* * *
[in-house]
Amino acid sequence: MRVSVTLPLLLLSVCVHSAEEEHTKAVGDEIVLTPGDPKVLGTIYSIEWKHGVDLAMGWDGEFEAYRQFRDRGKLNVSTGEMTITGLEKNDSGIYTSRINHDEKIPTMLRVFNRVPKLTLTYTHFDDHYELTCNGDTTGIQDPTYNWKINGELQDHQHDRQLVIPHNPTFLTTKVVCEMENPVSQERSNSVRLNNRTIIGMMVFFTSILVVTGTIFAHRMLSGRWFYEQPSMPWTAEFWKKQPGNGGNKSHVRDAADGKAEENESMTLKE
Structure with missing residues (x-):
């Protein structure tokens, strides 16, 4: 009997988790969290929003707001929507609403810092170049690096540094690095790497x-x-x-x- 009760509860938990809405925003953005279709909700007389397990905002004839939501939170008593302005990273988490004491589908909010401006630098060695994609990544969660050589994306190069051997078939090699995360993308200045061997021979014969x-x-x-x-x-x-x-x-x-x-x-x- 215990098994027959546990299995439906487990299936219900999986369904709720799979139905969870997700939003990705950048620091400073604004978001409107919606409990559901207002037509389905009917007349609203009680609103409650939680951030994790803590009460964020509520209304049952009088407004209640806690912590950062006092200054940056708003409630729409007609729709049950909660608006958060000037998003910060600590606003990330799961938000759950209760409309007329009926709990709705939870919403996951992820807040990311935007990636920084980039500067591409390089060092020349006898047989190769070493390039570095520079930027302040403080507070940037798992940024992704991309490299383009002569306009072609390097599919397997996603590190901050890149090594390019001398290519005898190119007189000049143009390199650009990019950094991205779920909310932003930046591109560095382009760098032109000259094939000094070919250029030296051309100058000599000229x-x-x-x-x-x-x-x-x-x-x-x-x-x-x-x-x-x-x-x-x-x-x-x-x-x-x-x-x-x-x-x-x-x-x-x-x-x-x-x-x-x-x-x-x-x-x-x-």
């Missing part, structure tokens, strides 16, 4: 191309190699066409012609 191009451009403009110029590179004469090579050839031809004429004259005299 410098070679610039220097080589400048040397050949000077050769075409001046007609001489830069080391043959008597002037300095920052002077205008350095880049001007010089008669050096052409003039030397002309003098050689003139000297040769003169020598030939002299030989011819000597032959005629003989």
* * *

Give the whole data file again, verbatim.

[in-house]
Amino acid sequence: MRVSVTLPLLLLSVCVHSAEEEHTKAVGDEIVLTPGDPKVLGTIYSIEWKHGVDLAMGWDGEFEAYRQFRDRGKLNVSTGEMTITGLEKNDSGIYTSRINHDEKIPTMLRVFNRVPKLTLTYTHFDDHYELTCNGDTTGIQDPTYNWKINGELQDHQHDRQLVIPHNPTFLTTKVVCEMENPVSQERSNSVRLNNRTIIGMMVFFTSILVVTGTIFAHRMLSGRWFYEQPSMPWTAEFWKKQPGNGGNKSHVRDAADGKAEENESMTLKE
Structure with missing residues (x-):
């Protein structure tokens, strides 16, 4: 009997988790969290929003707001929507609403810092170049690096540094690095790497x-x-x-x- 009760509860938990809405925003953005279709909700007389397990905002004839939501939170008593302005990273988490004491589908909010401006630098060695994609990544969660050589994306190069051997078939090699995360993308200045061997021979014969x-x-x-x-x-x-x-x-x-x-x-x- 215990098994027959546990299995439906487990299936219900999986369904709720799979139905969870997700939003990705950048620091400073604004978001409107919606409990559901207002037509389905009917007349609203009680609103409650939680951030994790803590009460964020509520209304049952009088407004209640806690912590950062006092200054940056708003409630729409007609729709049950909660608006958060000037998003910060600590606003990330799961938000759950209760409309007329009926709990709705939870919403996951992820807040990311935007990636920084980039500067591409390089060092020349006898047989190769070493390039570095520079930027302040403080507070940037798992940024992704991309490299383009002569306009072609390097599919397997996603590190901050890149090594390019001398290519005898190119007189000049143009390199650009990019950094991205779920909310932003930046591109560095382009760098032109000259094939000094070919250029030296051309100058000599000229x-x-x-x-x-x-x-x-x-x-x-x-x-x-x-x-x-x-x-x-x-x-x-x-x-x-x-x-x-x-x-x-x-x-x-x-x-x-x-x-x-x-x-x-x-x-x-x-």
């Missing part, structure tokens, strides 16, 4: 191309190699066409012609 191009451009403009110029590179004469090579050839031809004429004259005299 410098070679610039220097080589400048040397050949000077050769075409001046007609001489830069080391043959008597002037300095920052002077205008350095880049001007010089008669050096052409003039030397002309003098050689003139000297040769003169020598030939002299030989011819000597032959005629003989």